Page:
On Saturday we were at our cabin in the Northwoods of Wisconsin and took a walk with our dog. We visited the small lake adjacent to ours – Stone Lake. The water was not yet frozen over. We could tell this because it looked like someone tried to ice fish and found it too slushy to feel secure on the ice. We didn’t venture out further than the edge.
On our walk, we noticed that the leaves had nearly all fallen from the trees. They littered the ground in colors of yellow, orange, red, and brown that virtually all had been a vibrant green.
The tall pines, so symbolic of the Northwoods, line the road like sentries guarding the forest to each side from any would-be hardwood sapling wishing to be bigger than a mere shrub.
Most of the roads we walked on, including our own, were gravel. Passerbys, that numbered only a few, all waved or nodded hello. We smiled or nodded back – that’s what you do in the Northwoods.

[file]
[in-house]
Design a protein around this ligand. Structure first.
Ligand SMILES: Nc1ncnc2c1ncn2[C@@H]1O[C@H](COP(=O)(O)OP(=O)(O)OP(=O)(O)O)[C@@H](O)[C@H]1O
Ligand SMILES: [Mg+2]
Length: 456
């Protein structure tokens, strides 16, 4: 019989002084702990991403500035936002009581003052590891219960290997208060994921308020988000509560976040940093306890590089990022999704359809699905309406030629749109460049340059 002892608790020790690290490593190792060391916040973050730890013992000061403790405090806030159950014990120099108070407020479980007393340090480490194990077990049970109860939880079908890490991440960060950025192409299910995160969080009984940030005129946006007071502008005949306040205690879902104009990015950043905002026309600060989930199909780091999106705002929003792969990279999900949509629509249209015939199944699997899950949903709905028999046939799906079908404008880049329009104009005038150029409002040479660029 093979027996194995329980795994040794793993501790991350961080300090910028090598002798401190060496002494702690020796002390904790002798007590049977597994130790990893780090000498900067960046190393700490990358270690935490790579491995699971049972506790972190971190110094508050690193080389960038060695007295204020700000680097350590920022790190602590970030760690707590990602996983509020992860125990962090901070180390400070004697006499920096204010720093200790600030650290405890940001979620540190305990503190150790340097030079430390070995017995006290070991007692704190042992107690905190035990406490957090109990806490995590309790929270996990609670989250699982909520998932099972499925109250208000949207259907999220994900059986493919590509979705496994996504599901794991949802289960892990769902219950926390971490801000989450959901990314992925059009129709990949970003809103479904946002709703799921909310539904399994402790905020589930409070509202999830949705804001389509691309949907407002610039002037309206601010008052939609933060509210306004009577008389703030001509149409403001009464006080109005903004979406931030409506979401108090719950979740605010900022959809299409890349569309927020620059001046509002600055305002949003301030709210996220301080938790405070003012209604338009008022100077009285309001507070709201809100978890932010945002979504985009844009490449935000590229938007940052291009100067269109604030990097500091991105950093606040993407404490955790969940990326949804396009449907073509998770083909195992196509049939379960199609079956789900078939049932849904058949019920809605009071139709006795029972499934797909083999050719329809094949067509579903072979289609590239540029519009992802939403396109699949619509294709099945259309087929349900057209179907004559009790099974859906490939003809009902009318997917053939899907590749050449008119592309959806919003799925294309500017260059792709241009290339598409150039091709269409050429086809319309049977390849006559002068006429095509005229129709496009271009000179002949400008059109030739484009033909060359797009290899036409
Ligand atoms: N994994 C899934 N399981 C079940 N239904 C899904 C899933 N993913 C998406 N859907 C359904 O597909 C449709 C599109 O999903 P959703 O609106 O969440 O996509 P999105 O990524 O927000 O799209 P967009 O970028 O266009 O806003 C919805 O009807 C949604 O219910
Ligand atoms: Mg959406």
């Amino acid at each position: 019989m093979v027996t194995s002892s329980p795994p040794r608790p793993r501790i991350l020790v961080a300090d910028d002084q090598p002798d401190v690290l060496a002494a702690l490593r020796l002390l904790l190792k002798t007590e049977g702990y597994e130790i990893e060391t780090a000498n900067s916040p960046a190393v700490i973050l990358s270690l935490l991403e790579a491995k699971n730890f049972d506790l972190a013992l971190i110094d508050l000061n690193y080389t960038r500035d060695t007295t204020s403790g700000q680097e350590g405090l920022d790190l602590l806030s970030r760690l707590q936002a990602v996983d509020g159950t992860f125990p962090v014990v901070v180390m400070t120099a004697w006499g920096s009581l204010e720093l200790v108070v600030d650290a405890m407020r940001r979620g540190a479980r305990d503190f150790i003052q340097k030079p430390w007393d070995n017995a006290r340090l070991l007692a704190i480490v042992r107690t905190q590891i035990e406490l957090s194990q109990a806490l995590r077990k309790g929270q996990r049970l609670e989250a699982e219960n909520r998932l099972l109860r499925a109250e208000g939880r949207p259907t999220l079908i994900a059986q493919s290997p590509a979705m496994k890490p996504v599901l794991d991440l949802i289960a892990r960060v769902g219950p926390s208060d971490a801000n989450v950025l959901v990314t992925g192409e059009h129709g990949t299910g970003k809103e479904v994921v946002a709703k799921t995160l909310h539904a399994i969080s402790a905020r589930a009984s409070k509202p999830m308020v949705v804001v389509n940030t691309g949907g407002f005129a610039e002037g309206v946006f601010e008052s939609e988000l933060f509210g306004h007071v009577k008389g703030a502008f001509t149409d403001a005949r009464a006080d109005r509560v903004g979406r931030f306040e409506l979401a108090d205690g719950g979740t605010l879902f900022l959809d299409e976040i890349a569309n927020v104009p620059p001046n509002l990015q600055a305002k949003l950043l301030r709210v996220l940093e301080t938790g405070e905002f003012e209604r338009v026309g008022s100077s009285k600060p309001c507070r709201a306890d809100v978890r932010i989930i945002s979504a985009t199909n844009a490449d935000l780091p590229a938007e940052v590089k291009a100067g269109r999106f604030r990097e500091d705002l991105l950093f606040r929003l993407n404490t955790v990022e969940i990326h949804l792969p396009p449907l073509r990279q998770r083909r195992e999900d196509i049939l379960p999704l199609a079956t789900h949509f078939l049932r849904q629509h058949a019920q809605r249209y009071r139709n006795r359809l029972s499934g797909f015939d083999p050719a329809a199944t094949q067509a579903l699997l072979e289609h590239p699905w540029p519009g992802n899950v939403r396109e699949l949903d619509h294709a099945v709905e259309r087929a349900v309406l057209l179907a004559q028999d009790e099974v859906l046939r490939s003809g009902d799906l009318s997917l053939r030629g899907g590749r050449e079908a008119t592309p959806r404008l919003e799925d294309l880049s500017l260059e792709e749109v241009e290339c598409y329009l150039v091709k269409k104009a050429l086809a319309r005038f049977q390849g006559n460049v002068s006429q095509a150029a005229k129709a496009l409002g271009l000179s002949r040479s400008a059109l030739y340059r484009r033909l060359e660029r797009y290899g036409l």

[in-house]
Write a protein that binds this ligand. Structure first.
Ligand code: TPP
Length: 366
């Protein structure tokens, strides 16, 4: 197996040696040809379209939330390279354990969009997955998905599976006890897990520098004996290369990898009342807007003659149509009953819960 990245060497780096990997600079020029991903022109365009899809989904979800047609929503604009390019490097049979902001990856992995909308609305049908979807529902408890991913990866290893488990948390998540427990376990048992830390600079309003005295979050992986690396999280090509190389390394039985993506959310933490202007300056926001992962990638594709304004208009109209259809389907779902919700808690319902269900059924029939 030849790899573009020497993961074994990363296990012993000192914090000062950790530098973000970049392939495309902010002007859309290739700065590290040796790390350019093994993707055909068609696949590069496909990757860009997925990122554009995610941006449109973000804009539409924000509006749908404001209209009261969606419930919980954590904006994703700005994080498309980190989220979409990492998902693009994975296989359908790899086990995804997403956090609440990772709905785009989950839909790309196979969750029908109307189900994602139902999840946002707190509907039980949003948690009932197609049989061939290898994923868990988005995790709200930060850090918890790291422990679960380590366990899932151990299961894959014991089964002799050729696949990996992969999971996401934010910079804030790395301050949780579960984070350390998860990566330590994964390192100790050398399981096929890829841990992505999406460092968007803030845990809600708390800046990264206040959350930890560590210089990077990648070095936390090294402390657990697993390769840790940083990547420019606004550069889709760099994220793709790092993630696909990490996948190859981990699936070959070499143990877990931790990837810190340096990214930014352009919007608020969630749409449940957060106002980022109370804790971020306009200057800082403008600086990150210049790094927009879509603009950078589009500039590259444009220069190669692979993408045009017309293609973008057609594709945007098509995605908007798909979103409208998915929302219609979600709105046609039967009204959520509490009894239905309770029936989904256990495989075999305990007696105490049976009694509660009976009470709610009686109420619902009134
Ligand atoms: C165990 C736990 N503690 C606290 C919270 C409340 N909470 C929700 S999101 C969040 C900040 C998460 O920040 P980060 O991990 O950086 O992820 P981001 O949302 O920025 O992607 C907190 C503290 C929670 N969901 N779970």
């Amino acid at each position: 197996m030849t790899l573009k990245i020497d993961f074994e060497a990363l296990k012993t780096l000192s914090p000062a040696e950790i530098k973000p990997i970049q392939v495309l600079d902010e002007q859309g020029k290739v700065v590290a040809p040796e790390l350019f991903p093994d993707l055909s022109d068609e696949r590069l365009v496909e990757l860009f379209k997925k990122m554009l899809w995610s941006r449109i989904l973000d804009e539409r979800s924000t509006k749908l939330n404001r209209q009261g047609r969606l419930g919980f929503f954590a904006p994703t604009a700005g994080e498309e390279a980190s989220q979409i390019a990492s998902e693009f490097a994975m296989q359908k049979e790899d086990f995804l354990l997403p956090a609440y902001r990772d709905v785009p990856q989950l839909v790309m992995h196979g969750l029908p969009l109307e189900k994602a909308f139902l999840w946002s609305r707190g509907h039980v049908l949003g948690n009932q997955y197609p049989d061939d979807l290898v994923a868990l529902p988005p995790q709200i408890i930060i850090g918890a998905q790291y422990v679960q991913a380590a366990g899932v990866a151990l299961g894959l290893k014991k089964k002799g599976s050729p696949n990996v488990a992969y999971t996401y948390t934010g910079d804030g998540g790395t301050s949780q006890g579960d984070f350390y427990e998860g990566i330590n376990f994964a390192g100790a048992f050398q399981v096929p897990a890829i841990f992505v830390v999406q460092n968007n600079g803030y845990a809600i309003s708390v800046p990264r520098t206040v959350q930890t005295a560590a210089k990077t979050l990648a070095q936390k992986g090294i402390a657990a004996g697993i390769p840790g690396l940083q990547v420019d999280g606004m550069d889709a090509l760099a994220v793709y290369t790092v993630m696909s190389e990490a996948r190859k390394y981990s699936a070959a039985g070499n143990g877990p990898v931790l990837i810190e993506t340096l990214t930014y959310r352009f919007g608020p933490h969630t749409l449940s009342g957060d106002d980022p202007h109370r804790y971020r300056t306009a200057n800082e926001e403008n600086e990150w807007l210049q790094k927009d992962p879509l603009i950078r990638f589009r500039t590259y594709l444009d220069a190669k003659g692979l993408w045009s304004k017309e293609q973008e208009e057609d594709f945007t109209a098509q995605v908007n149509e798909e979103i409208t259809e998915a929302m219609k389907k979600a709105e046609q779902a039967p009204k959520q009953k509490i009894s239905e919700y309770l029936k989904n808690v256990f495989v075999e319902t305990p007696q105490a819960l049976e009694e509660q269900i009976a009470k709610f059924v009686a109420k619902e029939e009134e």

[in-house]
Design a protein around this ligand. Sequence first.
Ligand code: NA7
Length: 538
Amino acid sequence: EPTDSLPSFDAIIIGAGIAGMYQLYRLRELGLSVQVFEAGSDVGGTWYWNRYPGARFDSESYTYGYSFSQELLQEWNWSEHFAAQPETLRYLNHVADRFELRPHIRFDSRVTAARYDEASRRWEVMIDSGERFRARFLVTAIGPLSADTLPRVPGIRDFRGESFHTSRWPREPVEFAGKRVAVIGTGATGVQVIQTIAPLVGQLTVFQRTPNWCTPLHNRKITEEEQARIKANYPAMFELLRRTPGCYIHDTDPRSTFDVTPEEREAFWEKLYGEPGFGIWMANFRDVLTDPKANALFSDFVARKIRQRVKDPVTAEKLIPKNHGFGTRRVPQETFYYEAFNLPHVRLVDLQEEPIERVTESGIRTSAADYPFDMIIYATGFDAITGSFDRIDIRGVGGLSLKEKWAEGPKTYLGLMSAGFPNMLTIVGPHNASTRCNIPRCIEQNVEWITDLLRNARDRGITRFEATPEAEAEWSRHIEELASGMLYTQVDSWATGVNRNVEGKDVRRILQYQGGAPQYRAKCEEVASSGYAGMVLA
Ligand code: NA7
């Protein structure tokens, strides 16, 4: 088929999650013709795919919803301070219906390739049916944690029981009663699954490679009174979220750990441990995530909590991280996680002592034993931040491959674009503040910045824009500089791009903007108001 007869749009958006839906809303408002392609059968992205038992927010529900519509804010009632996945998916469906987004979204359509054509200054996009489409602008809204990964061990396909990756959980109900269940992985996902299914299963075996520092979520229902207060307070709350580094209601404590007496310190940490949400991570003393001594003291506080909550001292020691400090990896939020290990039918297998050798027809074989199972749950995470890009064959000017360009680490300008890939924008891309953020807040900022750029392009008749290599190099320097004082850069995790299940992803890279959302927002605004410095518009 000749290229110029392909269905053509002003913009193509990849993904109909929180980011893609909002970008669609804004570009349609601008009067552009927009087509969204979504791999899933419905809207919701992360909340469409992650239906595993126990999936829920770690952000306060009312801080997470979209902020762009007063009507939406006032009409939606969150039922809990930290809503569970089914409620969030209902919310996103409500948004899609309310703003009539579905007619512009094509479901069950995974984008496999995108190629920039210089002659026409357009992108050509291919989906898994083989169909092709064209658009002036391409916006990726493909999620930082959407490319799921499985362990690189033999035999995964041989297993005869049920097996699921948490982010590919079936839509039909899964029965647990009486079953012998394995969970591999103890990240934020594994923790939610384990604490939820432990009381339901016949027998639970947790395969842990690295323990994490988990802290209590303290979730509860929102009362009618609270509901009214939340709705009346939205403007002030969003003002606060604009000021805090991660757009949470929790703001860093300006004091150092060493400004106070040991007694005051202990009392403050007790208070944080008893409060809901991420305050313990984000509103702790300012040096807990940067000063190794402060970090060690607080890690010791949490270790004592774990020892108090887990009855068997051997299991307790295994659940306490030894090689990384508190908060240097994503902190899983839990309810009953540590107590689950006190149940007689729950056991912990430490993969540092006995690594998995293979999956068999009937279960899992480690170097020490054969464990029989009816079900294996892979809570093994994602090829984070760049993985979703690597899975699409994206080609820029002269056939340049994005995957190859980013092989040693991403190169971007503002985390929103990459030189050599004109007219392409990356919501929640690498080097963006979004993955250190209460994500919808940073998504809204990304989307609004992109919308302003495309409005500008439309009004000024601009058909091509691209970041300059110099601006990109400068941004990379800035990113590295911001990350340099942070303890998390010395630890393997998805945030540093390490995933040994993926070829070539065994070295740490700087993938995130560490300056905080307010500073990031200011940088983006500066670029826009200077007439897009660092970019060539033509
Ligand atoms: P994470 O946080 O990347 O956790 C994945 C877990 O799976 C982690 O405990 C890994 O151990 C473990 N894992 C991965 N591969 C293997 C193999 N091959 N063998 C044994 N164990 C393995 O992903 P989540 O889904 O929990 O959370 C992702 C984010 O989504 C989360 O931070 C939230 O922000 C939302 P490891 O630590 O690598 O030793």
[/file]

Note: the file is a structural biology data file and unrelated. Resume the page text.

Our dog enjoyed sniffing some new spots filled that filled her snout with new odors. But, when told, she moved right along – only to find a new spot to sniff a few feet further down the road. Interestingly enough, she didn’t even bother with the deer tracks we came across.
On the way back, I spied a paper wasp nest hanging from a tree near the edge of our road. These intrigue me, so I just had to stop and get a few photos. Thankfully, the wasps were long gone.
Surprisingly, we did see a moth flitting around the fallen forest debris. It seemed too cold for a sighting of that kind. Odd. It was cold. We had walked from our lakeshore to the next, staying out of the woods because it was bow hunting season. We needed to warm up. We headed back to the cabin. Home again.